HamidReza Hassanli, Ehsan Emamifard Naeeni and Mansoureh Hasanzadeh discuss their experiences with self-compacting concrete
Construction of marine structures, including quays, is regarded as an expensive, difficult and challenging task the world over.
In Iran, financial constraints and a need to extend the service life of marine structures require that Preventive Maintenance be undertaken at ports jetties to safeguard national resources. Indeed, Iran’s Ports and Maritime Organization (PMO) has given a high priority to the repair and maintenance of existing structures including quays in recent years.
During the recent repair process carried out for quays 4 and 5 in Bushehr Port, engineers combined traditional repair materials with alternative ones in the form of self-compacting concrete for the sections where conventional concrete could not be used, those being in the repair of piles and the slabs beneath the decks.
Prior to the work taking place, special tests were administered to ensure the proper application of the method. This marked the first time that self-compacting concrete had been used for berth repair in Iran’s ports.
Before opting to use self-compacting concrete, the team working on the project identified the weaknesses of traditional methods while undertaken repairs and then opted for the most reliable solution suitable for the characteristics of Bushehr’s marine environment. The team also varied the ratio of granules to ascertain the best mixture.
The number one priority was to enhance technical quality in order to support the necessary marine operations and safe berthing. As part of its investigation, the team examined different viscosities of concrete in the varied mixes, as well as the outcomes of increasing of the number of holes for air outlets and decreasing the shearing distance for bars.
The repairs at were targeted at damaged sections of quays 4,5 and 6, where around 500 metres needed urgent repairs to boost their service quality. The worst damage was on quays 4 and 5 over a 350 metres span of concrete piles and concrete decks. The project scope consisted of:
- Repairing the concrete piles with self-compacting concrete;
- Repairing the slabs below the decks with self-compacting concrete;
- Repairing the deck forehead and surface with conventional concrete;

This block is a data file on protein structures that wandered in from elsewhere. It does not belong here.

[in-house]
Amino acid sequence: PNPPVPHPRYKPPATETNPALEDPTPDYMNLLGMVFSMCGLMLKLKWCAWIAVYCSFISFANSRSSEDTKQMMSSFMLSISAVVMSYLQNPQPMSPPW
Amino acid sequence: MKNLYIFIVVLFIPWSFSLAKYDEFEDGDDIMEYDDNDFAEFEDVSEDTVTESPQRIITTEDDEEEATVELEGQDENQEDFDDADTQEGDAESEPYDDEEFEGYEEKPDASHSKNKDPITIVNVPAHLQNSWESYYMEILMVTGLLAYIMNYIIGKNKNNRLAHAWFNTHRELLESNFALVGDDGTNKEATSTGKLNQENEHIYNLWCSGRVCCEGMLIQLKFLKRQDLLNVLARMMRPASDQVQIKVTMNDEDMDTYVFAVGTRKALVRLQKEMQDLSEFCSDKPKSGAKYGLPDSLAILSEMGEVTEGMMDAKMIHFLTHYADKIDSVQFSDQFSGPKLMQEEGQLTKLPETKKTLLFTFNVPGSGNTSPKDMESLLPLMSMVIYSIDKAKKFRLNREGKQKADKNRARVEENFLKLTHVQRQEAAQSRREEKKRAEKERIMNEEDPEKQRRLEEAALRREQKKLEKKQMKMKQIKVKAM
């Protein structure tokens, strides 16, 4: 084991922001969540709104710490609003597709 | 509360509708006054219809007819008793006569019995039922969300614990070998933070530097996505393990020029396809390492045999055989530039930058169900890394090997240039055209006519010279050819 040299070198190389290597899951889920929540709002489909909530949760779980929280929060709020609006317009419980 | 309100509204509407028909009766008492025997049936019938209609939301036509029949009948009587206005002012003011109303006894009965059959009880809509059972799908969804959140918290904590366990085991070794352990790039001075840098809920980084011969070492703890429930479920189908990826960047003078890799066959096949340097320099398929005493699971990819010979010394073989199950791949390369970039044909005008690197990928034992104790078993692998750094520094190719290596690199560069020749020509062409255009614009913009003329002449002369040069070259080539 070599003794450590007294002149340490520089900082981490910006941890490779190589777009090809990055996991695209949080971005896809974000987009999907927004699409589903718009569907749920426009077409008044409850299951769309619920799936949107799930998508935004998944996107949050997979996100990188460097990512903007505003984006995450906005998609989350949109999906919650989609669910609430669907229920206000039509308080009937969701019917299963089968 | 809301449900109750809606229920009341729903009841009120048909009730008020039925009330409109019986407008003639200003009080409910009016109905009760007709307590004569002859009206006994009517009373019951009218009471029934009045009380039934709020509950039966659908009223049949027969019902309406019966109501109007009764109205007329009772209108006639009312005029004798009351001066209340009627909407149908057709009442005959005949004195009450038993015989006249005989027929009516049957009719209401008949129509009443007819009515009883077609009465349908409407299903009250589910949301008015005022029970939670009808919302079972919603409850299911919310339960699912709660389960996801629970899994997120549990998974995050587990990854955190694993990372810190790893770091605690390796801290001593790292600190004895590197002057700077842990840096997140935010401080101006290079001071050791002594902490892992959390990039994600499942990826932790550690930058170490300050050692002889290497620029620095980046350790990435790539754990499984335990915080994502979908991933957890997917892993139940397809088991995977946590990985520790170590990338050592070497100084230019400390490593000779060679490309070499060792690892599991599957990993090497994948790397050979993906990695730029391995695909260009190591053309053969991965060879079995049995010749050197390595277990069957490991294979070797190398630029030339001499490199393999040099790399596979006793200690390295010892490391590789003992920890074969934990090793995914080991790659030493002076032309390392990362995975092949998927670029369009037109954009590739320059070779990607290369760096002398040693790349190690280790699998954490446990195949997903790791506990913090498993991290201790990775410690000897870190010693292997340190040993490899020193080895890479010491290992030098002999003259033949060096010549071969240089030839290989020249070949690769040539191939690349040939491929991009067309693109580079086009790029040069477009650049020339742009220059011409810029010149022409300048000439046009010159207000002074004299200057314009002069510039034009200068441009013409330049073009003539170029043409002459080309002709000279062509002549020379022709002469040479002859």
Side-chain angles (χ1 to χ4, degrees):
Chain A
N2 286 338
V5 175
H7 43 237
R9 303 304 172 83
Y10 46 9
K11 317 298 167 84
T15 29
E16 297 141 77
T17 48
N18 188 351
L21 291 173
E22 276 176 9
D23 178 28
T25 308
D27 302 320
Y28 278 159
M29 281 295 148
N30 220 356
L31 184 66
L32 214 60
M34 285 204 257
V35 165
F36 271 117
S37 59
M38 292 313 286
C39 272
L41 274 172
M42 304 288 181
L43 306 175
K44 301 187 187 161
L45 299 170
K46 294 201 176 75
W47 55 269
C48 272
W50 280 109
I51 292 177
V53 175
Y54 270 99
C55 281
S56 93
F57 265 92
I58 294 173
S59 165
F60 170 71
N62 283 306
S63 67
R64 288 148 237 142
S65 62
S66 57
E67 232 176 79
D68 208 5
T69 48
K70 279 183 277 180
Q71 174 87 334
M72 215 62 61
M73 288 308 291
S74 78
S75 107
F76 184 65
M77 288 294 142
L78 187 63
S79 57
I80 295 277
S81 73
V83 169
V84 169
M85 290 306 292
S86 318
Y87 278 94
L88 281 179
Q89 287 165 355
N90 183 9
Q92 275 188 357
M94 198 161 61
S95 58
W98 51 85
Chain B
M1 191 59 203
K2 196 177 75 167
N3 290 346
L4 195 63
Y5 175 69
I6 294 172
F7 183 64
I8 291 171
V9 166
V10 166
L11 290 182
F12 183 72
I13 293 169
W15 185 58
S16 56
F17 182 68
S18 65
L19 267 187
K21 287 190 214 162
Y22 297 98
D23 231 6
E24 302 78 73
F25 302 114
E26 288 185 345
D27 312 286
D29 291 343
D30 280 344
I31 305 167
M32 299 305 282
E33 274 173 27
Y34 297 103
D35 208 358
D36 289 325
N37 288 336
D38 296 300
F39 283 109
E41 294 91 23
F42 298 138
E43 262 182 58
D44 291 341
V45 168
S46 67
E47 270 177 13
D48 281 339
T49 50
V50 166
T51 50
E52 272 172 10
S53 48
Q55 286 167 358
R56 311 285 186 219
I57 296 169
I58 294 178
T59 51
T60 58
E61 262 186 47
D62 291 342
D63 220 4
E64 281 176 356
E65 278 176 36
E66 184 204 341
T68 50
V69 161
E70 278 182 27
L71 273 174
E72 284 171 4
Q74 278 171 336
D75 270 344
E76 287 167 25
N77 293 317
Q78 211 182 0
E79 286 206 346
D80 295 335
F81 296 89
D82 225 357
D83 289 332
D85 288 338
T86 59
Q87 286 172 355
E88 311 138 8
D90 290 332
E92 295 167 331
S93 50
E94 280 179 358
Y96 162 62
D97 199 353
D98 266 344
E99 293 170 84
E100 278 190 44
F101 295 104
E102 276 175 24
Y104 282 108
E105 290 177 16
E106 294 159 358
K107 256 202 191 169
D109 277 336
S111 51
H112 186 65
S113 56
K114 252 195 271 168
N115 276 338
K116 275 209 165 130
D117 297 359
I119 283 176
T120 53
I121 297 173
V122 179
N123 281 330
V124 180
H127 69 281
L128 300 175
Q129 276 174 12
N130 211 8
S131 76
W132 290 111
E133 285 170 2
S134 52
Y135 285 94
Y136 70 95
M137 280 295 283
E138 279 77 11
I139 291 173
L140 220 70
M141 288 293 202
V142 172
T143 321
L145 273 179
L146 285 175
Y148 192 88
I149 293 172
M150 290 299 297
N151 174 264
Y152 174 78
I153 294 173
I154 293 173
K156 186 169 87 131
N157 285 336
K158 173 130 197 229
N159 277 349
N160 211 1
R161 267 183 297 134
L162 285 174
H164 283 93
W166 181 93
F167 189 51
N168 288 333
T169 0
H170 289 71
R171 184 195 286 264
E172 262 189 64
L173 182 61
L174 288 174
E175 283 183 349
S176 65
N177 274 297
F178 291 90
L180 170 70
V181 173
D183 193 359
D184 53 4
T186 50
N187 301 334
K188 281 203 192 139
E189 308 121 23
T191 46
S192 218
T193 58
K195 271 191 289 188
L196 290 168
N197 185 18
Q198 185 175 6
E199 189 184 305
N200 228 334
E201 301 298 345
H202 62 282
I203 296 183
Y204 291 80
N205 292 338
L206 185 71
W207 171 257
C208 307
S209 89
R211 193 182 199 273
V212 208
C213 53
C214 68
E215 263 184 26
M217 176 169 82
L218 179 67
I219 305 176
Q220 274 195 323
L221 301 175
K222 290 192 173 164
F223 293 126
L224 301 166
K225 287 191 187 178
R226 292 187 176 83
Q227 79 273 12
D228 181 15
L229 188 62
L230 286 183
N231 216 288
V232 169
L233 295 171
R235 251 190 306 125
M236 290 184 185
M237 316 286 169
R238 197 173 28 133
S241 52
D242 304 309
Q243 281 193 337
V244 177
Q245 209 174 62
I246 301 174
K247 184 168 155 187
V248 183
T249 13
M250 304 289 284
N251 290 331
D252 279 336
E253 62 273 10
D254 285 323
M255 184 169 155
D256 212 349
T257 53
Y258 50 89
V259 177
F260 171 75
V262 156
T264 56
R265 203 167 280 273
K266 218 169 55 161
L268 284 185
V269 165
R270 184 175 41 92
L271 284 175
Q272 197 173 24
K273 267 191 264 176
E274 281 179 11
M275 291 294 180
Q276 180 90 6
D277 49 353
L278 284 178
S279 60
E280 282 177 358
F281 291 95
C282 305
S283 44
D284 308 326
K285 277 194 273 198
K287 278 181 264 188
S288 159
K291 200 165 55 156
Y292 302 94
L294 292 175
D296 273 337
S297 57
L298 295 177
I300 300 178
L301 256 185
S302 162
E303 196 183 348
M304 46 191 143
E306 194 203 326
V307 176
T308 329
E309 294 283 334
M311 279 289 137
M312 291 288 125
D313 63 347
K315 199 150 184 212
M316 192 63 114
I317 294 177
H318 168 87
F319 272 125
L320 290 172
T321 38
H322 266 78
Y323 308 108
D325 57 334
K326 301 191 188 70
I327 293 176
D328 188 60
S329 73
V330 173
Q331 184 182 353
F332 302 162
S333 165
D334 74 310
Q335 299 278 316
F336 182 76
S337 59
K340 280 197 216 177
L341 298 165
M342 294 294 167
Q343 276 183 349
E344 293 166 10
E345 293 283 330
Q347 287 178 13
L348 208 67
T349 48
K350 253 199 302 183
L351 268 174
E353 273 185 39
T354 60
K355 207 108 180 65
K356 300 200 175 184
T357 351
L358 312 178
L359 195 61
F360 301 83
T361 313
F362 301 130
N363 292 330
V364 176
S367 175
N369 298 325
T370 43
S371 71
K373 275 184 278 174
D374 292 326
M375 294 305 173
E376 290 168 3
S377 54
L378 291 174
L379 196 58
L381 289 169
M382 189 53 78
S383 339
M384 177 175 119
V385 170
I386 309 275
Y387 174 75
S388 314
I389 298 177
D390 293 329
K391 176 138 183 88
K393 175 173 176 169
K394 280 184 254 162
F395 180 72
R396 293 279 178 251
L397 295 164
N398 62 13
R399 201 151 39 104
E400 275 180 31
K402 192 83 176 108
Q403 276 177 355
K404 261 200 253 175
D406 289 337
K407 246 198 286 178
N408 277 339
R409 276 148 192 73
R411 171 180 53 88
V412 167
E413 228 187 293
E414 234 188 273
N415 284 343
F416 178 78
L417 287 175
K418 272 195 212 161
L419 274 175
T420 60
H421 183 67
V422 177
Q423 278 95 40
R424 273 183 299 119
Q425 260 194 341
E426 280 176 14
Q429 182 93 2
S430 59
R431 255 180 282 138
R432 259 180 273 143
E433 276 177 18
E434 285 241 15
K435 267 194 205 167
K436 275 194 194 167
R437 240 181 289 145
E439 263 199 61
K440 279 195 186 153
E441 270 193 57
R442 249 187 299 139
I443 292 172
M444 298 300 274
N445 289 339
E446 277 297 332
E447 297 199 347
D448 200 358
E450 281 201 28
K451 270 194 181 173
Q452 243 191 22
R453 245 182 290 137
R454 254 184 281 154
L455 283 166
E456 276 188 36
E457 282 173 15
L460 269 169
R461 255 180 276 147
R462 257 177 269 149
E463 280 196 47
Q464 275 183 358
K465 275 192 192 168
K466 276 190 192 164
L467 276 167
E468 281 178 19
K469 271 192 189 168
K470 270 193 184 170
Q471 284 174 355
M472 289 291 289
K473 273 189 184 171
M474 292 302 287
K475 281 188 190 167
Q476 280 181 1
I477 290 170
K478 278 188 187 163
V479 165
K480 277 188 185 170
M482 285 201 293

- Repairing and fixing the fender system (including the support fenders, frontal fenders, frame and chains); and
- Construction and installation of pre-cast car-stoppers with conventional concrete.
The experiences on the project team are summarised here:
Self-compacting concrete: The high fluidity of self-compacting concrete obviates the need for vibrators for its compaction, enabling it to be used in complex shapes of formwork which may otherwise be impossible to cast, giving it a far superior surface than conventional concrete. The common tests for this concrete in its wet status include: V shape funnel, slump test, Slump flow test T50, and tests after placing such as: compressive strength, Pull-off strength and pull-out strength.
Piles concrete placement: Having identified the damaged sections of the old concrete in the concrete quay piles, reinforcements and damaged bars were replaced or deoxidized and then formworks were placed around the damaged piles. Then self-compacting concrete was cast into the formworks through a 10 cm hole made on the surface of the deck (without demolishing it).
Concrete placement for the slabs under the decks: After marking the areas of damage and removing the damaged layers of old concrete in the slabs under the deck up to the reinforcements, the damaged steel bars were either replaced or deoxidized and then the formworks were placed under the deck by means of shear reinforcement rods placed between the old and new concrete at planned distances of 75 cm to increase shear strength of the joint sections of old and new concretes. Concrete casting was done through a 10 cm wide hole on the deck. It needs to be noted that holes of 2.5 cm diameter were drilled in the deck in order to let the air imprisoned between the self-compacting concrete and the old one to escape.